Tesla said Saturday that it delivered 180,570 electric vehicles in the fourth quarter, beating its previous record as well as Wall Street expectations. The electric automaker produced 170,757 vehicles total.
For the year, Tesla delivered 499,550 vehicles in 2020, largely in line with its guidance of around 500,000 vehicles. At an annual shareholder meeting this year, CEO Elon Musk told shareholders he expected deliveries to hit an implied range between 477,750 and 514,500 cars for the year, despite the impacts of the coronavirus pandemic.
The Q4 numbers represent a new record for Musk’s auto business, which set its previous best in the third quarter of 2020 with deliveries reaching 139,300 then.
As of Thursday, Wall Street expected Tesla to report fourth-quarter deliveries of 174,000 vehicles over the last three months, according to a consensus of analysts surveyed by FactSet. Estimates ranged from 151,000 at the low end to 184,000 at the high end, and included forecasts published between October and mid-December.
In its quarterly reports, Tesla does not break out delivery and production numbers by region. Tesla also combines delivery numbers for its older Model S and Model X electric cars, and newer, more popular Model 3 and Model Y vehicles.
In the fourth quarter, Tesla delivered 161,650 Model 3 and Model Y cars and produced 163,660 such vehicles. The automaker delivered 18,920 Model S and X vehicles and produced 16,097 of them.
For the year, Tesla delivered 442,511 Model 3 and Model Y cars, while producing 454,932 of the vehicles. It delivered 57,039 Model S and Model X cars, while producing 54,805 such vehicles.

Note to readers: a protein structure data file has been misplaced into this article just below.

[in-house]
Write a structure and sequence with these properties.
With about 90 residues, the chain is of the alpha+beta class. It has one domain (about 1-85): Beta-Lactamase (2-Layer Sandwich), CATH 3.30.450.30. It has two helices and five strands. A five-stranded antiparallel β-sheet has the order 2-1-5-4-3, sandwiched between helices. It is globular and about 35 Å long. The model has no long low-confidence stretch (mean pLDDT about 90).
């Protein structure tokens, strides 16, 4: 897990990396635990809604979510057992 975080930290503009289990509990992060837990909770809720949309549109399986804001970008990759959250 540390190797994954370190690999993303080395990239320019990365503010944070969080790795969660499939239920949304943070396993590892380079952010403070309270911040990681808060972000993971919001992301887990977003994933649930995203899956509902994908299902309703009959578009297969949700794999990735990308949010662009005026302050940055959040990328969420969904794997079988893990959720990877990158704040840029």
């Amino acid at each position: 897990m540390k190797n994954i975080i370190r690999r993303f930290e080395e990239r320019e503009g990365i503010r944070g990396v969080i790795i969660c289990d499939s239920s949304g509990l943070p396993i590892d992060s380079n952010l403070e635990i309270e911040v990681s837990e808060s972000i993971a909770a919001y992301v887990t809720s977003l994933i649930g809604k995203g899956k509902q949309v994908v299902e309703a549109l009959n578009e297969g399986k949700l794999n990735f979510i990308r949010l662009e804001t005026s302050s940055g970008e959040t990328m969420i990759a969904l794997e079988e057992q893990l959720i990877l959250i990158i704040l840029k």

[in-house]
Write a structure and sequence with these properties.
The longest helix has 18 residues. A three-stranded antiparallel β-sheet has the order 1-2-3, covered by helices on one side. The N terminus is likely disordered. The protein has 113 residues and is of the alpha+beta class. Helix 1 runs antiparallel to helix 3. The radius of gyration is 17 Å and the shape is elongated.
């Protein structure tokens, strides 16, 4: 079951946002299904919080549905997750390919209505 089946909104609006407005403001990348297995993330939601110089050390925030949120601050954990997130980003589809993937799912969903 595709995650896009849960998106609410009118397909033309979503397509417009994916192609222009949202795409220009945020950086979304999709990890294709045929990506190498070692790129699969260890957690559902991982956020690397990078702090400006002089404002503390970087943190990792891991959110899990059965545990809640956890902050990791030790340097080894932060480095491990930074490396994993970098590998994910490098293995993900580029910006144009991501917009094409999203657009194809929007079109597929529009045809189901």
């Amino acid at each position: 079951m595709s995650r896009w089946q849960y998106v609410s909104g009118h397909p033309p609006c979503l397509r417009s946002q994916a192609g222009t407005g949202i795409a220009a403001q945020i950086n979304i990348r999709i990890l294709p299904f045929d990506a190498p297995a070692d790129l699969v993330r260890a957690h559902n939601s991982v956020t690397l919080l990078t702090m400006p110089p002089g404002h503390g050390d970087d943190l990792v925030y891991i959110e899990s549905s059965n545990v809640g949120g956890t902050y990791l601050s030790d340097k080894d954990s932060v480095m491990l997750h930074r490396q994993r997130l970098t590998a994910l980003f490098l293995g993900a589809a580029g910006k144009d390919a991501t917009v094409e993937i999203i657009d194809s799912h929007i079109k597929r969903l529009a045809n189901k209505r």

Throughout 2020 Tesla was able to increase vehicle production and deliveries by successfully operating a new car plant in Shanghai, and bringing on new battery cell suppliers (alongside its longstanding partner Panasonic) to make more of the high voltage battery packs that power its electric cars.
Tesla said Model Y production has begun in Shanghai with deliveries expected to begin shortly.
Musk has proclaimed that he wants to increase Tesla’s vehicle sales volume from about 500,000 in 2020 to 20 million annually over the next decade with plans for an electric vehicle that costs $25,000, its Cybertruck and revamped Roadster in the works.
After Tesla’s Model S reveal brought in higher than anticipated pre-orders in 2016, Musk said the company aimed to produce 500,000 cars per year at the Fremont plant by the end of 2018. He also said that Tesla would produce 800,000 to 1 million cars per year at Fremont by 2020 then, reiterating the goal in 2018 with a slight hedge saying it could look more like 750,000 per year in Fremont. The company hasn’t apparently hit that goal yet in California.
But looking ahead to 2021, Tesla is building new factories in Austin, Texas and Brandenburg, Germany, among other efforts to grow its production and sales volume. Musk cautioned shareholders on the company’s last earnings call that it could take 12 to 24 months to hit full capacity at new factories after they begin operations — significantly slower than what Tesla achieved in Shanghai.
As Tesla faces a greater number of competitors the world over, in luxury and lower priced segments, IHS Markit forecasts electric vehicle sales will represent 10.2%, or 9.4 million, of the nearly 92.3 million vehicles it expects to sell globally in 2024.